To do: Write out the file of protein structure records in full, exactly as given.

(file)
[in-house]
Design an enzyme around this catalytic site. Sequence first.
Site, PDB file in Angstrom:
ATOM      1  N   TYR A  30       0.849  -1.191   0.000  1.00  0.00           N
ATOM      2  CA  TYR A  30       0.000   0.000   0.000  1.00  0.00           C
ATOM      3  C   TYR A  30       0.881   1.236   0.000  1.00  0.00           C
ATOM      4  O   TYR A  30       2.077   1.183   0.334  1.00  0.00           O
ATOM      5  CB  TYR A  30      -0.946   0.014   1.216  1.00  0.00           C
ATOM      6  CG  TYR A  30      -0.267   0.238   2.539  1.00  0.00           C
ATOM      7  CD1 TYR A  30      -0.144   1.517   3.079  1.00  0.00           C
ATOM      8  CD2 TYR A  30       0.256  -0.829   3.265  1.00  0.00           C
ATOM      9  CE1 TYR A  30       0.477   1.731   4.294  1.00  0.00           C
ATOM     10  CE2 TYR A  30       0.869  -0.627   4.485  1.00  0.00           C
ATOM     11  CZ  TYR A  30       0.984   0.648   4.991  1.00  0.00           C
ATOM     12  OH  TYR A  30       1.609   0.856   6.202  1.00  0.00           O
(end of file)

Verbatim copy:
[in-house]
Design an enzyme around this catalytic site. Sequence first.
Site, PDB file in Angstrom:
ATOM      1  N   TYR A  30       0.849  -1.191   0.000  1.00  0.00           N
ATOM      2  CA  TYR A  30       0.000   0.000   0.000  1.00  0.00           C
ATOM      3  C   TYR A  30       0.881   1.236   0.000  1.00  0.00           C
ATOM      4  O   TYR A  30       2.077   1.183   0.334  1.00  0.00           O
ATOM      5  CB  TYR A  30      -0.946   0.014   1.216  1.00  0.00           C
ATOM      6  CG  TYR A  30      -0.267   0.238   2.539  1.00  0.00           C
ATOM      7  CD1 TYR A  30      -0.144   1.517   3.079  1.00  0.00           C
ATOM      8  CD2 TYR A  30       0.256  -0.829   3.265  1.00  0.00           C
ATOM      9  CE1 TYR A  30       0.477   1.731   4.294  1.00  0.00           C
ATOM     10  CE2 TYR A  30       0.869  -0.627   4.485  1.00  0.00           C
ATOM     11  CZ  TYR A  30       0.984   0.648   4.991  1.00  0.00           C
ATOM     12  OH  TYR A  30       1.609   0.856   6.202  1.00  0.00           O